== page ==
John Gruber-Miller, Edwin R. and Mary E. Mason Professor of Languages at Cornell College in Mount Vernon, IA, teaches a range of courses in classics, Greek, and Latin and is the advisor for Cornell's interdisciplinary classical studies program. Gruber-Miller is the editor of the book When Dead Tongues Speak: Teaching Beginning Greek and Latin (Oxford University Press, 2006) and the author of the online educational site, Ariadne: Resources for Athenaze. He was the founding editor of Teaching Classical Languages, a peer-reviewed, online journal dedicated to Latin and Greek pedagogy. His latest project is Imagining Ancient Corinth: An Introduction to Greek Literature and Culture, designed for intermediate Greek students. Gruber-Miller earned an Honors AB from Xavier University and his MA and PhD from The Ohio State University. He serves on the board of directors of the Society for Classical Studies and on the editorial board of the Dickinson Commentaries. He served as vice president of the American Classical League. He also served on the CAMWS Executive Committee, the SCS Committee on Education, and the ACL/SCS Task Force for the Revision of the Standards for Classical Language Learning, and the ACL/APA Joint Task Force on Latin Teacher Preparation. His awards include Excellence in the Teaching of Classics at the College Level, American Philological Association and a CAMWS Ovatio for distinguished service and leadership.

Tuesday, March 8, 2022, 6:00–7:00 pm ET
The Author’s Insights into Developing Novellas about Roman Theater
Presenter: Christopher Bungard, Butler University, Indianapolis, IN

Roman comedy scholar Christopher Bungard will share his ideas for developing a series of novellas that explore the world of Roman theater. Bungard’s first novella in a series of four, We’re Going to the Show: Adīmus ad Lūdōs, will arrive later this spring. As part of Bolchazy-Carducci’s Encounter Latin novella series, these theater novellas are designed to engage and delight novice and intermediate Latin learners with comprehensible stories written entirely in Latin. Bungard will also share his insights into the creation of Ludī Scaenicī, his contribution to the Explore Latin series. This “pre-reader” series provides novice Latin learners with short, nonfiction texts on a range of subjects related to the ancient world.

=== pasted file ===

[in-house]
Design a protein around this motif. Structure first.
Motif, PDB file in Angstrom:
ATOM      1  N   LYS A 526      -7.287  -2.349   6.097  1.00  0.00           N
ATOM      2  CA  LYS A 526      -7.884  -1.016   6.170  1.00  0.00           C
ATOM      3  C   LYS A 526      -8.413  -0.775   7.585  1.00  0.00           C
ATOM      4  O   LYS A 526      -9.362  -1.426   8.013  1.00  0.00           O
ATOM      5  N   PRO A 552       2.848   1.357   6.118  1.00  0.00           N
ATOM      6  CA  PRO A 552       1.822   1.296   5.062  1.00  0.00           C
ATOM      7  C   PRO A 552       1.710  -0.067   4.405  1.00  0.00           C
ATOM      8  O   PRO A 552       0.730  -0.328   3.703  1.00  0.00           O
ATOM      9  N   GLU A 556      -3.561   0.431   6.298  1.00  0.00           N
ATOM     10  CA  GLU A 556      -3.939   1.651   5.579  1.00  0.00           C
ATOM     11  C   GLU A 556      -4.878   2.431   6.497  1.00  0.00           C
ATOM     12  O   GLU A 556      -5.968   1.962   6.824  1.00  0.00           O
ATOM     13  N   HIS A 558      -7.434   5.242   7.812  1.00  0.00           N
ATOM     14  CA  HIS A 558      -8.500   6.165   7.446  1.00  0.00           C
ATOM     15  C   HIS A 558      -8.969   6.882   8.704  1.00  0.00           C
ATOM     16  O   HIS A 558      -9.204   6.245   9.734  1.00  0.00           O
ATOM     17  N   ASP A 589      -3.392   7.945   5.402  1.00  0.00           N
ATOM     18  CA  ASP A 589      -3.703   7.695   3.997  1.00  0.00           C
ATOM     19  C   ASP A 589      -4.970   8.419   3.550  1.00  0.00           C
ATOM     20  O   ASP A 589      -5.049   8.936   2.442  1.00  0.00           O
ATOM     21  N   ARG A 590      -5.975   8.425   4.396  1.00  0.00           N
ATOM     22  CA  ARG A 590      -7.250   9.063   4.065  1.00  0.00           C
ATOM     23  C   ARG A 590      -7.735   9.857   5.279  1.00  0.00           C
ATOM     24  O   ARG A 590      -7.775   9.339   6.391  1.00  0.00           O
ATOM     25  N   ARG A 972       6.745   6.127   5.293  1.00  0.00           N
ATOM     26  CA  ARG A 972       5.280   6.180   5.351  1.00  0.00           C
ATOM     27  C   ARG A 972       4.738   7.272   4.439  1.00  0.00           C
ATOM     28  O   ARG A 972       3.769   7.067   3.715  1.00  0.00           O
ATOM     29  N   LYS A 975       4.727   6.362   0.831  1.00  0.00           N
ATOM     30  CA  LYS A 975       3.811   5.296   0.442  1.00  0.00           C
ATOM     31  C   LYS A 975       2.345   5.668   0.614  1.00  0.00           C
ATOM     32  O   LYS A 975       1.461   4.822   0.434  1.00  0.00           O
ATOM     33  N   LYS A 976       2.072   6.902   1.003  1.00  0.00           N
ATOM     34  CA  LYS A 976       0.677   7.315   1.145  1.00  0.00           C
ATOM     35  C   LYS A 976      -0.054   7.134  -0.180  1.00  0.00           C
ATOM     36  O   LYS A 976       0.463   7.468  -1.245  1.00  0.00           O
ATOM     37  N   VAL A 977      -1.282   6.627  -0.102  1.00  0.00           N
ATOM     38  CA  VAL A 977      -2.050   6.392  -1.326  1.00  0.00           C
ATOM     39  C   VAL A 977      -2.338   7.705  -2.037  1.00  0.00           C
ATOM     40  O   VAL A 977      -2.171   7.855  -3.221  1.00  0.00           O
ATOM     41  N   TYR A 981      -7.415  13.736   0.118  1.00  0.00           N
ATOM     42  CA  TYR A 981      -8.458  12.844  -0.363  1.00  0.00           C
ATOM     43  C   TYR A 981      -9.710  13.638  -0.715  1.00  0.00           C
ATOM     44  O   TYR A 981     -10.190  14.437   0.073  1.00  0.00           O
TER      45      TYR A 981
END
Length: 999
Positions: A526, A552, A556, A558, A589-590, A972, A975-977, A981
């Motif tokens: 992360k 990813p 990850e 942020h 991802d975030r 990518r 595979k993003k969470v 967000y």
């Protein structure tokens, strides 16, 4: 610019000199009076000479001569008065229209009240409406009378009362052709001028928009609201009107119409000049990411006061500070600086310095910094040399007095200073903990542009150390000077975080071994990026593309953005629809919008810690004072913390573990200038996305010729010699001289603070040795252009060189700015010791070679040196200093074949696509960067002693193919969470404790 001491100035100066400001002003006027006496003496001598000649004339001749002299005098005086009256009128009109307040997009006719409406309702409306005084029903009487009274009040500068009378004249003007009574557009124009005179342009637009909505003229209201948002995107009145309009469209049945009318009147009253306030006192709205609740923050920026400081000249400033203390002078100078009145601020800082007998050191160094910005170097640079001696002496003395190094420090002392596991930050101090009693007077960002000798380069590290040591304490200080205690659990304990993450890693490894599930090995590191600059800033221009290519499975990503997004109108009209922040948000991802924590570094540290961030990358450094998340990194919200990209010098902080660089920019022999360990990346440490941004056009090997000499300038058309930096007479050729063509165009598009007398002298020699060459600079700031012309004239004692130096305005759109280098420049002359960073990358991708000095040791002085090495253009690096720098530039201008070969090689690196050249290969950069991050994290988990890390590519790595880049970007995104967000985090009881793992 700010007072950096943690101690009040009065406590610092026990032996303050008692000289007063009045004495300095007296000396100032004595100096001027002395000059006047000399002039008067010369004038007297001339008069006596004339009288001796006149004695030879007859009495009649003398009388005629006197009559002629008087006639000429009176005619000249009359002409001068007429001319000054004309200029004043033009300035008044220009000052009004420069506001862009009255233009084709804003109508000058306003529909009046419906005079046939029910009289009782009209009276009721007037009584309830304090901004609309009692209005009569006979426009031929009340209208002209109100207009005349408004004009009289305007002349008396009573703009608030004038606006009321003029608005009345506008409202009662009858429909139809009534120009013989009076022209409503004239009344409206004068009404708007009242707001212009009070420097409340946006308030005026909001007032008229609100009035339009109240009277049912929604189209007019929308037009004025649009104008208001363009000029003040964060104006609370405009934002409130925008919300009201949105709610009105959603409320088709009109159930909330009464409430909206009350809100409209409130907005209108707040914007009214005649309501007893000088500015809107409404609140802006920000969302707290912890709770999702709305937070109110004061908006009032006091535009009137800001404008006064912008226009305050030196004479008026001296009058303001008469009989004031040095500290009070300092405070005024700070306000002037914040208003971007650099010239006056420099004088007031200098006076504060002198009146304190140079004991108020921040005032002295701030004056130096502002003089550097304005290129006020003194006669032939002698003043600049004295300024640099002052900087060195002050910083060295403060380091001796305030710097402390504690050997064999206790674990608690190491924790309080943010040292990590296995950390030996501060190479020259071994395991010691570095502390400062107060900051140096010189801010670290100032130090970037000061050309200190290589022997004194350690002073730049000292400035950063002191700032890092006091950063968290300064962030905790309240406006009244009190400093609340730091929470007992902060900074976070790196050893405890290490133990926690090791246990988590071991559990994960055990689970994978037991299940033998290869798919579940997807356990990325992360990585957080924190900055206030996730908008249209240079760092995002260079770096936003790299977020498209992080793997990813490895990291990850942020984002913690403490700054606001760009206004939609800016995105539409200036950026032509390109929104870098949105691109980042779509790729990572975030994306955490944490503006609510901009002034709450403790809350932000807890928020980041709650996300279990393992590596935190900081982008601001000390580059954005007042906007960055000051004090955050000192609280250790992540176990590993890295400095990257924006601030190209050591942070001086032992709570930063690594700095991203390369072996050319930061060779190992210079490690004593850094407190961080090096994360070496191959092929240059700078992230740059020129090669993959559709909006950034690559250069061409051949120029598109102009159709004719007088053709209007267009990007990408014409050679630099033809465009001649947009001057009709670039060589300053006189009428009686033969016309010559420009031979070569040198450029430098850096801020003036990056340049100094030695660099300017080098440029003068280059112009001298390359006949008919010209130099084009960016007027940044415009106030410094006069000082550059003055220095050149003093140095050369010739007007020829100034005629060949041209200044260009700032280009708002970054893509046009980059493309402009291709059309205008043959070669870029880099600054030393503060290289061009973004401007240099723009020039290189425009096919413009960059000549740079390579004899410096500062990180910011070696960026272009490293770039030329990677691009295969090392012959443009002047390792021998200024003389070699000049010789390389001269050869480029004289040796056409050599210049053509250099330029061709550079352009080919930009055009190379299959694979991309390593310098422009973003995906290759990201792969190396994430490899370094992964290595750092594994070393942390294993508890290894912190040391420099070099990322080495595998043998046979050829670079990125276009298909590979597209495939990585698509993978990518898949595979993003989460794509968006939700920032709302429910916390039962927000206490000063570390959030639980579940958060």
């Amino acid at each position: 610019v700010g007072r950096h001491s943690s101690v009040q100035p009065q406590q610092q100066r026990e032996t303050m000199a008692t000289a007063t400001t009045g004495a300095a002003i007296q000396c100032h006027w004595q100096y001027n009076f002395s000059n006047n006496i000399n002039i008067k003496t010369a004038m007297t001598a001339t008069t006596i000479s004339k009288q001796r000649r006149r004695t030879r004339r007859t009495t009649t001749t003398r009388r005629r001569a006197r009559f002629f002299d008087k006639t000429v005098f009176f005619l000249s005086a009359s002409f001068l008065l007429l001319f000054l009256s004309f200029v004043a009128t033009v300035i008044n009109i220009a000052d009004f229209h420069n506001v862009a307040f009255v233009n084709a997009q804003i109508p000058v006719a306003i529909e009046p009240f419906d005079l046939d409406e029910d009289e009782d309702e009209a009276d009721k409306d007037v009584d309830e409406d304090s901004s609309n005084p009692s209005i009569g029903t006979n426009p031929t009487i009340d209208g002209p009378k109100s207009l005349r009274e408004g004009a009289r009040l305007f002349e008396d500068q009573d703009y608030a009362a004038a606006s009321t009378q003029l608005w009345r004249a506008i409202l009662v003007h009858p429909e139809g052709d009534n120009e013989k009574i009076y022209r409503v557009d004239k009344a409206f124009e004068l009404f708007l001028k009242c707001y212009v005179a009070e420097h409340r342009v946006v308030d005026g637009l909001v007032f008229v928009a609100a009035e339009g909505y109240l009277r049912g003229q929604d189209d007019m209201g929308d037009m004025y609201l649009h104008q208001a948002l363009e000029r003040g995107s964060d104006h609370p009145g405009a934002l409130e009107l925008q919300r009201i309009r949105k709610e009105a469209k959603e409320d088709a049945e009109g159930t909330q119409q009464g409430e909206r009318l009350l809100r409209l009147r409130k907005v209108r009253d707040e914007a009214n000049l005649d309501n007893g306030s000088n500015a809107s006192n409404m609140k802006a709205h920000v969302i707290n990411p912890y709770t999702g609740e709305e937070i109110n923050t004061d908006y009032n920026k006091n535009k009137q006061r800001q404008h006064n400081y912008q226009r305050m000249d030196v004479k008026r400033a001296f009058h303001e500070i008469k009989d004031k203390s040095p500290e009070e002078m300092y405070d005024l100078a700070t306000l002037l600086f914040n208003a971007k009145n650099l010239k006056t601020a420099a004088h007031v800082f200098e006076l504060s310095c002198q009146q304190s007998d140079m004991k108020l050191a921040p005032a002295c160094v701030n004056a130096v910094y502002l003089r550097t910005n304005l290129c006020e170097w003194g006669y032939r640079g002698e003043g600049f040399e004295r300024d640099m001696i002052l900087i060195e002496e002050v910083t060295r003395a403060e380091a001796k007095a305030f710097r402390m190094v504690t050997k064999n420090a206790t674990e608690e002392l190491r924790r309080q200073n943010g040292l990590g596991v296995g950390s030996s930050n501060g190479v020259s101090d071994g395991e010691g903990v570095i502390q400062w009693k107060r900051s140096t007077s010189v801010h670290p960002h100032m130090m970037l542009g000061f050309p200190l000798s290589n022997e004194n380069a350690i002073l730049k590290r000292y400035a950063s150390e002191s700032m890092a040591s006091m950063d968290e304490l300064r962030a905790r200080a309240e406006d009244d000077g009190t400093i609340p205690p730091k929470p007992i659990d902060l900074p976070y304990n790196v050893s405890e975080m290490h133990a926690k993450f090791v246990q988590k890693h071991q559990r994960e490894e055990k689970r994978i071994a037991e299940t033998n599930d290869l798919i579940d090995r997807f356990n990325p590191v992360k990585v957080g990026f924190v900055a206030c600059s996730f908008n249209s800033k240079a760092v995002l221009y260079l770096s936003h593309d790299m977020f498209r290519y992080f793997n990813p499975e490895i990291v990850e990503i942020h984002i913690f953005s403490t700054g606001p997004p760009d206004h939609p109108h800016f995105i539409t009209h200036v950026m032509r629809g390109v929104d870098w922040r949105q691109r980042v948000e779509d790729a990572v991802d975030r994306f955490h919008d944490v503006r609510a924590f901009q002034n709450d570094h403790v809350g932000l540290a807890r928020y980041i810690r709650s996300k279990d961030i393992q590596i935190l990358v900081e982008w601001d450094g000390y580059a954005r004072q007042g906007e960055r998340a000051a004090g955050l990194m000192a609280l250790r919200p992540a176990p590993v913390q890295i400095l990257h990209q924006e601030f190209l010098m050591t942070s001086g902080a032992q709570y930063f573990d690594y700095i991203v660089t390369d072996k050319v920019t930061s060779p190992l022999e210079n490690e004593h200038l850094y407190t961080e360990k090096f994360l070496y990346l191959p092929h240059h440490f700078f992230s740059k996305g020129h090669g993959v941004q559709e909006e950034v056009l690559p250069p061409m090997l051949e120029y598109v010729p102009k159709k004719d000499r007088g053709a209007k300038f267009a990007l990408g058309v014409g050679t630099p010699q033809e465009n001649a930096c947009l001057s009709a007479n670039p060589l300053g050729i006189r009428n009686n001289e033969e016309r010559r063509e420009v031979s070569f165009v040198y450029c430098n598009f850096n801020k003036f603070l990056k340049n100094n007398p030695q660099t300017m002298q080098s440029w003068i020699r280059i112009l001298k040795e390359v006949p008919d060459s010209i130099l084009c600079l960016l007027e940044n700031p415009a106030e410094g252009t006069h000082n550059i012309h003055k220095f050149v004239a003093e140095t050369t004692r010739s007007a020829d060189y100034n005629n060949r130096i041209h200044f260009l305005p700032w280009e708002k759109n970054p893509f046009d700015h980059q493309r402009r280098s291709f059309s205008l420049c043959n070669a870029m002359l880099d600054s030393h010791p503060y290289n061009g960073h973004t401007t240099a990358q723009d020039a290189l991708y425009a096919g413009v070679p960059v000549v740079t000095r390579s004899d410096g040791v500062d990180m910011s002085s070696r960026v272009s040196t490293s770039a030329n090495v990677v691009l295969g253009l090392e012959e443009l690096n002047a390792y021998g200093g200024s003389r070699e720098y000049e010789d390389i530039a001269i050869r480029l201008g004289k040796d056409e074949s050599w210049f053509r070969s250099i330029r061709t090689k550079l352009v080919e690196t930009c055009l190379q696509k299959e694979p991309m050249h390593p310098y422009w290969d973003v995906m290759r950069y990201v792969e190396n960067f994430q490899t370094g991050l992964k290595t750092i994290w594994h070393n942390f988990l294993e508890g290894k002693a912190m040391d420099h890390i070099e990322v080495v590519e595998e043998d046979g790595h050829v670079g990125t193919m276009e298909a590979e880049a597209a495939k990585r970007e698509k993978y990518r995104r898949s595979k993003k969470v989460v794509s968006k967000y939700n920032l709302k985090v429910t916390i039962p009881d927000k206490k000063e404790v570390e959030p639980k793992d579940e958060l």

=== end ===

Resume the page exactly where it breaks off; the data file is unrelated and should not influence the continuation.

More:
Christopher Bungard hails from the Buckeye State, where he earned a BA from Denison University and both his MA and PhD at The Ohio State University. He is a Professor of Classical Studies at Butler University in Indianapolis, where he has taught a range of Latin author courses and classes in translation on ancient law and ancient drama since 2008. He also serves the university as Assistant Director of Faculty Development. Dr. Bungard's research looks broadly at humor and theater from the ancient world. He has published on laughter in the Homeric Hymn to Hermes as well as several articles in English and Italian on the role of clever slaves in the comedies of the second century BCE playwright Plautus. He is also interested in the ways that ancient theater continues to speak to the modern world, such as the enduring themes of Medea's story, connecting her experience with music in the modern world. His interest in humor stems from its ability to encourage us to think about gaps in a world that we may think is perfectly whole. Humor exposes our values and prejudices, and it allows us to find alternatives when discussions founder along the lines of beliefs that may seem “natural” and “normal.” He teaches a broad range of Latin author courses as well as classes in translation on ancient drama, ancient law, and epic poetry. A National Endowment for the Humanities grant resulted in the development of the first year seminar, “Why Is It Funny?”